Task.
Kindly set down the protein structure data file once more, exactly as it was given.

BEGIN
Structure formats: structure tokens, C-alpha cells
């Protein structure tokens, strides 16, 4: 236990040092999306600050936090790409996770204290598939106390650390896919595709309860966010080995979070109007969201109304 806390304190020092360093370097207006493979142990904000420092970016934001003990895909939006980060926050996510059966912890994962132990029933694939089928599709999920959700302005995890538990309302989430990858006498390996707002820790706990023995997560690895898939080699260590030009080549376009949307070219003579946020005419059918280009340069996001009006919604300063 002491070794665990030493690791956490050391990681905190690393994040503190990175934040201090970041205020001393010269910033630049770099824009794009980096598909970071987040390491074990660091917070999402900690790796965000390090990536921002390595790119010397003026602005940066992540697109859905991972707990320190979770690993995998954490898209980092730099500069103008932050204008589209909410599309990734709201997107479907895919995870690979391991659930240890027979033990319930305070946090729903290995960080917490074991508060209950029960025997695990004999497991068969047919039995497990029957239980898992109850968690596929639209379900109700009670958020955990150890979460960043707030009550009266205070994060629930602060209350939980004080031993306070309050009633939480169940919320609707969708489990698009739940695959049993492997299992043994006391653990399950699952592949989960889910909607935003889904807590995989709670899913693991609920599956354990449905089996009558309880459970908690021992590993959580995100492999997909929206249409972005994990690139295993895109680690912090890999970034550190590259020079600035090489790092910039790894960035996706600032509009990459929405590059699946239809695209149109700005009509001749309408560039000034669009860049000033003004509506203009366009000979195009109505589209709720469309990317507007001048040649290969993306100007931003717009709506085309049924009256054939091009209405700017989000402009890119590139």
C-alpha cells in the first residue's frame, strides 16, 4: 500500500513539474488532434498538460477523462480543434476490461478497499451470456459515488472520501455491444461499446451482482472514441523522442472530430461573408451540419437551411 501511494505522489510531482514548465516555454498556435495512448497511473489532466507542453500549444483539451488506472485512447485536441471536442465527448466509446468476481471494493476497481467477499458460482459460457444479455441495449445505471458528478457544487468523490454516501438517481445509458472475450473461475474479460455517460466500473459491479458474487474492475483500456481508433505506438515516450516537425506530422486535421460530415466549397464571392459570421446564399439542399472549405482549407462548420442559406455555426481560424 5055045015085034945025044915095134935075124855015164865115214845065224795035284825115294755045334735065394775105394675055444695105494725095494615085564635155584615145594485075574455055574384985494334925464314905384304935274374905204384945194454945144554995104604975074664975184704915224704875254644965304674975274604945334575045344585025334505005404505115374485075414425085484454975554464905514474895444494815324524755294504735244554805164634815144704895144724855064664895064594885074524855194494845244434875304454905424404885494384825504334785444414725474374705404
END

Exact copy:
Structure formats: structure tokens, C-alpha cells
């Protein structure tokens, strides 16, 4: 236990040092999306600050936090790409996770204290598939106390650390896919595709309860966010080995979070109007969201109304 806390304190020092360093370097207006493979142990904000420092970016934001003990895909939006980060926050996510059966912890994962132990029933694939089928599709999920959700302005995890538990309302989430990858006498390996707002820790706990023995997560690895898939080699260590030009080549376009949307070219003579946020005419059918280009340069996001009006919604300063 002491070794665990030493690791956490050391990681905190690393994040503190990175934040201090970041205020001393010269910033630049770099824009794009980096598909970071987040390491074990660091917070999402900690790796965000390090990536921002390595790119010397003026602005940066992540697109859905991972707990320190979770690993995998954490898209980092730099500069103008932050204008589209909410599309990734709201997107479907895919995870690979391991659930240890027979033990319930305070946090729903290995960080917490074991508060209950029960025997695990004999497991068969047919039995497990029957239980898992109850968690596929639209379900109700009670958020955990150890979460960043707030009550009266205070994060629930602060209350939980004080031993306070309050009633939480169940919320609707969708489990698009739940695959049993492997299992043994006391653990399950699952592949989960889910909607935003889904807590995989709670899913693991609920599956354990449905089996009558309880459970908690021992590993959580995100492999997909929206249409972005994990690139295993895109680690912090890999970034550190590259020079600035090489790092910039790894960035996706600032509009990459929405590059699946239809695209149109700005009509001749309408560039000034669009860049000033003004509506203009366009000979195009109505589209709720469309990317507007001048040649290969993306100007931003717009709506085309049924009256054939091009209405700017989000402009890119590139």
C-alpha cells in the first residue's frame, strides 16, 4: 500500500513539474488532434498538460477523462480543434476490461478497499451470456459515488472520501455491444461499446451482482472514441523522442472530430461573408451540419437551411 501511494505522489510531482514548465516555454498556435495512448497511473489532466507542453500549444483539451488506472485512447485536441471536442465527448466509446468476481471494493476497481467477499458460482459460457444479455441495449445505471458528478457544487468523490454516501438517481445509458472475450473461475474479460455517460466500473459491479458474487474492475483500456481508433505506438515516450516537425506530422486535421460530415466549397464571392459570421446564399439542399472549405482549407462548420442559406455555426481560424 5055045015085034945025044915095134935075124855015164865115214845065224795035284825115294755045334735065394775105394675055444695105494725095494615085564635155584615145594485075574455055574384985494334925464314905384304935274374905204384945194454945144554995104604975074664975184704915224704875254644965304674975274604945334575045344585025334505005404505115374485075414425085484454975554464905514474895444494815324524755294504735244554805164634815144704895144724855064664895064594885074524855194494845244434875304454905424404885494384825504334785444414725474374705404